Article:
Every day, high-level policy decisions are made that affect Californians in need. The Center for Public Policy Research (CPPR), a unit within the Center for Human Services, is a partnership between the UC Davis Department of Psychology and UC Davis Extension that helps to bring research evidence to bear on these decisions. Primarily contracted by the California Department of Social Services, CPPR provides much-needed independent research capabilities to state decision makers and other organizations. Several current or recent projects serve to highlight the valuable contribution that CPPR has made to improving public policy in California.
Foster Family Home Rate Structure Review
This study was commissioned by the California Department of Social Services (CDSS) in response to a lawsuit filed in 2007 that claimed inadequate rates keep many potential foster parents from taking a child into their home. A recently released report, “Alternative Proposals for a New Foster Family Home Rate Structure in California”, showed current rates were 21-37 percent below the actual cost of caring for a child, depending on the child’s age. The report was based on an extensive review of the current rate structure, an analysis of rate structures and modifications in other states, and a careful consideration of alternative methods proposed by other researchers. Based on CPPR?s report, U.S. District Judge William Alsup ruled at the end of May 2011 that the State must immediately increase its reimbursement payments to those recommended in the UC Davis study. This CPPR study may impact the statewide decline in the number of foster parents willing to volunteer their time to care for foster children.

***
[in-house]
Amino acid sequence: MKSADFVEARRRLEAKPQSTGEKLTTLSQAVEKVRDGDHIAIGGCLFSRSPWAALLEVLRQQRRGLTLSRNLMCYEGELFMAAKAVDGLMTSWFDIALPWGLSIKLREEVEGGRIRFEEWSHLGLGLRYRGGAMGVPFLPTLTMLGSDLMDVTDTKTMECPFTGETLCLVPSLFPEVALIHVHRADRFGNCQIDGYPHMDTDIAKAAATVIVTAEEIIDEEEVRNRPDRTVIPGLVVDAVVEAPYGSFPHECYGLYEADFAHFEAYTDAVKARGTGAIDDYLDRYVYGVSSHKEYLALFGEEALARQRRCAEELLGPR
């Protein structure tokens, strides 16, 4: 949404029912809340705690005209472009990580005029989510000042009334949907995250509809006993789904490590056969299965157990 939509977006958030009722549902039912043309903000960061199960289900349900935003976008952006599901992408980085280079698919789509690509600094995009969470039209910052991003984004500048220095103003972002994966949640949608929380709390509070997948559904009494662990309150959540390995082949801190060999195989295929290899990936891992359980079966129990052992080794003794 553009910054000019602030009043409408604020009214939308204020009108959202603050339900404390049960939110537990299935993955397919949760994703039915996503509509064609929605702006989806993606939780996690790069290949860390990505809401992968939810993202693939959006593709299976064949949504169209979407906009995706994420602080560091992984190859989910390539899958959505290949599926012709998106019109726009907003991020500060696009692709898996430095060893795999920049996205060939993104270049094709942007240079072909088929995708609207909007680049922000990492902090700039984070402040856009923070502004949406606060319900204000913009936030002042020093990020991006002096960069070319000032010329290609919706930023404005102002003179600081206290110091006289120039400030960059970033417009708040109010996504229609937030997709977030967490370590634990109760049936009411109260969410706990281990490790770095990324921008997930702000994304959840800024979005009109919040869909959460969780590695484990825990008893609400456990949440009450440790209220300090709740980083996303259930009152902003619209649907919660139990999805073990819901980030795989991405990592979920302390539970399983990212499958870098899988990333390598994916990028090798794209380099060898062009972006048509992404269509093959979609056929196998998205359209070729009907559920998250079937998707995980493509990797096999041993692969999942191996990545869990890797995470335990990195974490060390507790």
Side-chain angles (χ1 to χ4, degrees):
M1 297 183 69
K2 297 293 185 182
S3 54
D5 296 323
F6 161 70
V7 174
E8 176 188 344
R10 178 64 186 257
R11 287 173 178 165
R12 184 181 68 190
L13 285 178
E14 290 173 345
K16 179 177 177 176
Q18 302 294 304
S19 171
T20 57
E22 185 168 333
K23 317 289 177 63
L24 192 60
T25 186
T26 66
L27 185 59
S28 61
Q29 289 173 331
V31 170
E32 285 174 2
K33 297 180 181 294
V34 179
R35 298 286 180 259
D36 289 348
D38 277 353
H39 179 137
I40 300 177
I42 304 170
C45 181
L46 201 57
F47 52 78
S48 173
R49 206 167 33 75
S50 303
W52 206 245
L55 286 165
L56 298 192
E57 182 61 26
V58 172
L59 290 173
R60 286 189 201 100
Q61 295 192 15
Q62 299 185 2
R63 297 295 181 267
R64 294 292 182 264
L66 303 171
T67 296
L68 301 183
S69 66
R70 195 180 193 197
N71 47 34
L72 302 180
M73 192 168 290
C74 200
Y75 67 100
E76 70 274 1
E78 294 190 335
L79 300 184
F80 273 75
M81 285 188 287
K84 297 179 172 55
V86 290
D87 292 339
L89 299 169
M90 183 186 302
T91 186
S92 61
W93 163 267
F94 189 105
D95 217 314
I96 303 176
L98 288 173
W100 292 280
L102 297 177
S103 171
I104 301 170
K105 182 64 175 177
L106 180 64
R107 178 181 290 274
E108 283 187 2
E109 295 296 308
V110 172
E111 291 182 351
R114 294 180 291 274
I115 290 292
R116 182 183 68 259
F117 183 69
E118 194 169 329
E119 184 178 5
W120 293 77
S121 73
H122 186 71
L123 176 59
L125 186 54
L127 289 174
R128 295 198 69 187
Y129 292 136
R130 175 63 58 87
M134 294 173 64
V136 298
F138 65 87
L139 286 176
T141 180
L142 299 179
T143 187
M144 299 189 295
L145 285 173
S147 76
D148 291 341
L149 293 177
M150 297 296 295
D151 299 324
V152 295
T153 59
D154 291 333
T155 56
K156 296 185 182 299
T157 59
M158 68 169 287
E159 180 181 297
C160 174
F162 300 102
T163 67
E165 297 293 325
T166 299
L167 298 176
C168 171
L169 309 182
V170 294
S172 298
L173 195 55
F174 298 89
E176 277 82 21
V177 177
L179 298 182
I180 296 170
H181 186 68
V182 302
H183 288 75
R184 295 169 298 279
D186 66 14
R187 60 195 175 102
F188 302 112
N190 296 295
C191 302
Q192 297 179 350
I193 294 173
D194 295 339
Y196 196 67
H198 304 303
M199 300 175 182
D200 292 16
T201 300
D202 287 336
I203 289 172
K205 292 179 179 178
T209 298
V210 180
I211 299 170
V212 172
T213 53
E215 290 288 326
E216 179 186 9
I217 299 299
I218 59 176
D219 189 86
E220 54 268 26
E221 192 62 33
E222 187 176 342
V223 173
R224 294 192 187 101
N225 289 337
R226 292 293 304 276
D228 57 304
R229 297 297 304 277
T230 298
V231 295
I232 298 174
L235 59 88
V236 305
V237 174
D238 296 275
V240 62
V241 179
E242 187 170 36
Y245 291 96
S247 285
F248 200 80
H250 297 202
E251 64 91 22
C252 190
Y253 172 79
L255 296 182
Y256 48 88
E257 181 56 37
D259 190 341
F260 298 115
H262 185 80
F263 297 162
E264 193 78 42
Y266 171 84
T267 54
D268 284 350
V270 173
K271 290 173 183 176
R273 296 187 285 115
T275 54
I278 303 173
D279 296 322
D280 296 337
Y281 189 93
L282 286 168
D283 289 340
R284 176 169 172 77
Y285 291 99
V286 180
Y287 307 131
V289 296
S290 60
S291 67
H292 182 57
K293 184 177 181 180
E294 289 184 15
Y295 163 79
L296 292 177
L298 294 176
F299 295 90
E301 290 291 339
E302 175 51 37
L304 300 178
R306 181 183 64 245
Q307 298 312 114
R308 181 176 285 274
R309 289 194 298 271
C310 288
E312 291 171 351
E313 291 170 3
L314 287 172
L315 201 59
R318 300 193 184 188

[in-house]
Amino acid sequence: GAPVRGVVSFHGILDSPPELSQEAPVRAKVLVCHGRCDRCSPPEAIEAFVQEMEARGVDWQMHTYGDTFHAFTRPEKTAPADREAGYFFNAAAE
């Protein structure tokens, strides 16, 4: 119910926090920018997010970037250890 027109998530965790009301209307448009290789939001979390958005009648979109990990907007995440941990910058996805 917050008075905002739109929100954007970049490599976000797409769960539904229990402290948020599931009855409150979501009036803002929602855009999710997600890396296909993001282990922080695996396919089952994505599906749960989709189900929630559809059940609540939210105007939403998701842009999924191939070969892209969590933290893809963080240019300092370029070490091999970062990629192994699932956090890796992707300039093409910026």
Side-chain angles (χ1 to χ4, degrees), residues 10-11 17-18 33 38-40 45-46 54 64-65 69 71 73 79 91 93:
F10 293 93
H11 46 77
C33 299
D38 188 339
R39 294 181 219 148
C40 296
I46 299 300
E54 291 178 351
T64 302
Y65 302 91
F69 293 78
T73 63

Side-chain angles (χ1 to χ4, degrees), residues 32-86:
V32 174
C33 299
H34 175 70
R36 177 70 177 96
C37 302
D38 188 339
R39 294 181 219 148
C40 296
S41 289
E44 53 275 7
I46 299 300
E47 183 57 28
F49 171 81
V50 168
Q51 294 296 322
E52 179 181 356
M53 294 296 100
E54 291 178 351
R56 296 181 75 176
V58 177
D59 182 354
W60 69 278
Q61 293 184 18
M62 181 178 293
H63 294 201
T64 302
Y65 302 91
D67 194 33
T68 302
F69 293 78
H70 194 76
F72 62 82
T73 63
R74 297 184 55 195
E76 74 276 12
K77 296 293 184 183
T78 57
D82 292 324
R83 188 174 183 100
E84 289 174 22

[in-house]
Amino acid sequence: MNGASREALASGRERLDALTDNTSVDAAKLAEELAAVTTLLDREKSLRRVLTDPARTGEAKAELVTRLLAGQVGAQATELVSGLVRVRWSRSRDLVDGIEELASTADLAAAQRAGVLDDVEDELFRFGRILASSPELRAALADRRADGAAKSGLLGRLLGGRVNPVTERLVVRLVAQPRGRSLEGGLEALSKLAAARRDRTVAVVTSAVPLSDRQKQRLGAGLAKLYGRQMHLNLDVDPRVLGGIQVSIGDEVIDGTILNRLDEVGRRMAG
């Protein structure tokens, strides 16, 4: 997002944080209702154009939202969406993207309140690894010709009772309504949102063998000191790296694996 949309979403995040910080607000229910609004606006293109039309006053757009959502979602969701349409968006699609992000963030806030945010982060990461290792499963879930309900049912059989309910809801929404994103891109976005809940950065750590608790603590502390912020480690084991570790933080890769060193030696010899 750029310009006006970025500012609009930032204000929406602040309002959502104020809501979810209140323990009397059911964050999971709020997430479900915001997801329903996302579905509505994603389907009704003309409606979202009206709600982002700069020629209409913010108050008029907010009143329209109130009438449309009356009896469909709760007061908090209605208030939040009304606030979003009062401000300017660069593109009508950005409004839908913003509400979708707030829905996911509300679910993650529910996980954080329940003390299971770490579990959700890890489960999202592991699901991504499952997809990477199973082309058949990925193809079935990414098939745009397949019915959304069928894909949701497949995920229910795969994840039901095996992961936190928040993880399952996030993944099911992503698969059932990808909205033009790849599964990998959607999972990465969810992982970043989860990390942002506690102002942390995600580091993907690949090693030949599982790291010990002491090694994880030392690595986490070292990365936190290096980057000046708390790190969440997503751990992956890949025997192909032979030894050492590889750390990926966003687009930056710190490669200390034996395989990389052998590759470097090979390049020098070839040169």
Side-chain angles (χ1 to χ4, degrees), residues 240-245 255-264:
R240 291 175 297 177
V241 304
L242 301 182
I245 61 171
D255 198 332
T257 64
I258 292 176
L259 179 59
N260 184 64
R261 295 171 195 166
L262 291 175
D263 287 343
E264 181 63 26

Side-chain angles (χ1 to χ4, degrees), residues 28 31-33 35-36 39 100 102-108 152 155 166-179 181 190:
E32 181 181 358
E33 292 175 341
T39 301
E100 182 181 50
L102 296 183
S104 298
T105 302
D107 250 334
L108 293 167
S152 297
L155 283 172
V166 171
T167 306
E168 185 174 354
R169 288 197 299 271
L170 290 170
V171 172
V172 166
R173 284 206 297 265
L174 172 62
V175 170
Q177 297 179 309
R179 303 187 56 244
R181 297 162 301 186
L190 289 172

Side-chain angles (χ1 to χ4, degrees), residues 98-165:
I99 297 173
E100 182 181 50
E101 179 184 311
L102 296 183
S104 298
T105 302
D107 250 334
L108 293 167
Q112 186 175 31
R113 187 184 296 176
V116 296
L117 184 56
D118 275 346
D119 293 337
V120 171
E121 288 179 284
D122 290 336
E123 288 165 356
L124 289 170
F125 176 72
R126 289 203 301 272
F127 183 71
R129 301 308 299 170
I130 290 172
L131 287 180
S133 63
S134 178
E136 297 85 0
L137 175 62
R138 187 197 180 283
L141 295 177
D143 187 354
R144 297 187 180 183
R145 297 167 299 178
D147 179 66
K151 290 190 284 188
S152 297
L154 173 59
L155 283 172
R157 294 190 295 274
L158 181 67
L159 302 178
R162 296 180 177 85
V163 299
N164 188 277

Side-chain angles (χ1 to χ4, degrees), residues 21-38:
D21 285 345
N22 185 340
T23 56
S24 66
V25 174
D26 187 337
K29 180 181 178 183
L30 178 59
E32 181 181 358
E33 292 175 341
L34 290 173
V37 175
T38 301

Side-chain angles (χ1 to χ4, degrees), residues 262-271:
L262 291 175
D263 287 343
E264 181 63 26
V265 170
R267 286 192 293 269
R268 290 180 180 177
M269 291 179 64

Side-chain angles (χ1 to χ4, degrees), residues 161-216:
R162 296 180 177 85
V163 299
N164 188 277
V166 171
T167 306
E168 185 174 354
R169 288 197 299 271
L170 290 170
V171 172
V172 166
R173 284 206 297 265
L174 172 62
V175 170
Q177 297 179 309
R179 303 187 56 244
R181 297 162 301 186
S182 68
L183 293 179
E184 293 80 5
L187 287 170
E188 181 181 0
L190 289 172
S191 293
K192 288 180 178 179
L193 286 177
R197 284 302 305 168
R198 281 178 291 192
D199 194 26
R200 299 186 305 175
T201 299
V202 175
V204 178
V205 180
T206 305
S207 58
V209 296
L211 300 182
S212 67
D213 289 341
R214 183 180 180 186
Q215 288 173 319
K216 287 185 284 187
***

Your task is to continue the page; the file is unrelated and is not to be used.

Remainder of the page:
National Youth in Transition Database Project
Each year, approximately 4,600 teens leave California?s foster care system, typically with little money, no support and no safety net. What happens next to these young people, most of whom have already suffered greatly? Where do they go? How can we ensure that they have the same opportunities for happiness and success as everyone else? The first step to answering these questions is to find out what the youth themselves have to say about their needs. The National Youth in Transition Database project is a nationwide effort to give foster youth a chance to provide information about their own experiences to improve transition services.
CPPR was contracted by the State of California to survey all youth in the state?s foster care system as they turn 17 years old. This project will provide crucial insight into the experiences of youth who exit foster care and an unprecedented view of the beginning of their adult lives. The information will be central to the development of effective programs and quality support for youth in foster care.
In addition, CPPR is currently working on other research projects, including the development of a screening tool for use with Spanish-speaking adult applicants for Welfare-to-Work programs.
For more information about the Center for Public Policy Research, visit the website at www.cppr.faculty.ucdavis.edu.